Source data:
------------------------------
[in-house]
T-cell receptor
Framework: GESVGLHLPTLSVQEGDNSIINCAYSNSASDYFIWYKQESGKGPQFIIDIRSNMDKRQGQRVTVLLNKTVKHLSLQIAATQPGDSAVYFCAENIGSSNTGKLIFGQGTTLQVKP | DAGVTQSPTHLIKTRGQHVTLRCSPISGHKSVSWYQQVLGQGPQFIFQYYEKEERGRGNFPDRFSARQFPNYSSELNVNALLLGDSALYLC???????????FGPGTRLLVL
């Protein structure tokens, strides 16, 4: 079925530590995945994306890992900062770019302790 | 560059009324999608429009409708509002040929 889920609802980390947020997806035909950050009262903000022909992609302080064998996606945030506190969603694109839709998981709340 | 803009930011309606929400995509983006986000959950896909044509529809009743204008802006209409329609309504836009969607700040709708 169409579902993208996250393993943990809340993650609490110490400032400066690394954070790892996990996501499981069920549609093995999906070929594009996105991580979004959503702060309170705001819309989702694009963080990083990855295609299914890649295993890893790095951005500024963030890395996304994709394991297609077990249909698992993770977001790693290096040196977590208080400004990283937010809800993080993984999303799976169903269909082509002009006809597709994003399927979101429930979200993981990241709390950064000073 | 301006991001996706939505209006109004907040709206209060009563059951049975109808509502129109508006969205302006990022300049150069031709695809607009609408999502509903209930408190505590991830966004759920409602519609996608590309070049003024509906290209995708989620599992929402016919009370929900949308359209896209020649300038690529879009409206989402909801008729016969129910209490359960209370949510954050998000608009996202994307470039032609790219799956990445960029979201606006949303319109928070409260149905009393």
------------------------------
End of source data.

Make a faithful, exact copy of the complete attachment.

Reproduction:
[in-house]
T-cell receptor
Framework: GESVGLHLPTLSVQEGDNSIINCAYSNSASDYFIWYKQESGKGPQFIIDIRSNMDKRQGQRVTVLLNKTVKHLSLQIAATQPGDSAVYFCAENIGSSNTGKLIFGQGTTLQVKP | DAGVTQSPTHLIKTRGQHVTLRCSPISGHKSVSWYQQVLGQGPQFIFQYYEKEERGRGNFPDRFSARQFPNYSSELNVNALLLGDSALYLC???????????FGPGTRLLVL
């Protein structure tokens, strides 16, 4: 079925530590995945994306890992900062770019302790 | 560059009324999608429009409708509002040929 889920609802980390947020997806035909950050009262903000022909992609302080064998996606945030506190969603694109839709998981709340 | 803009930011309606929400995509983006986000959950896909044509529809009743204008802006209409329609309504836009969607700040709708 169409579902993208996250393993943990809340993650609490110490400032400066690394954070790892996990996501499981069920549609093995999906070929594009996105991580979004959503702060309170705001819309989702694009963080990083990855295609299914890649295993890893790095951005500024963030890395996304994709394991297609077990249909698992993770977001790693290096040196977590208080400004990283937010809800993080993984999303799976169903269909082509002009006809597709994003399927979101429930979200993981990241709390950064000073 | 301006991001996706939505209006109004907040709206209060009563059951049975109808509502129109508006969205302006990022300049150069031709695809607009609408999502509903209930408190505590991830966004759920409602519609996608590309070049003024509906290209995708989620599992929402016919009370929900949308359209896209020649300038690529879009409206989402909801008729016969129910209490359960209370949510954050998000608009996202994307470039032609790219799956990445960029979201606006949303319109928070409260149905009393």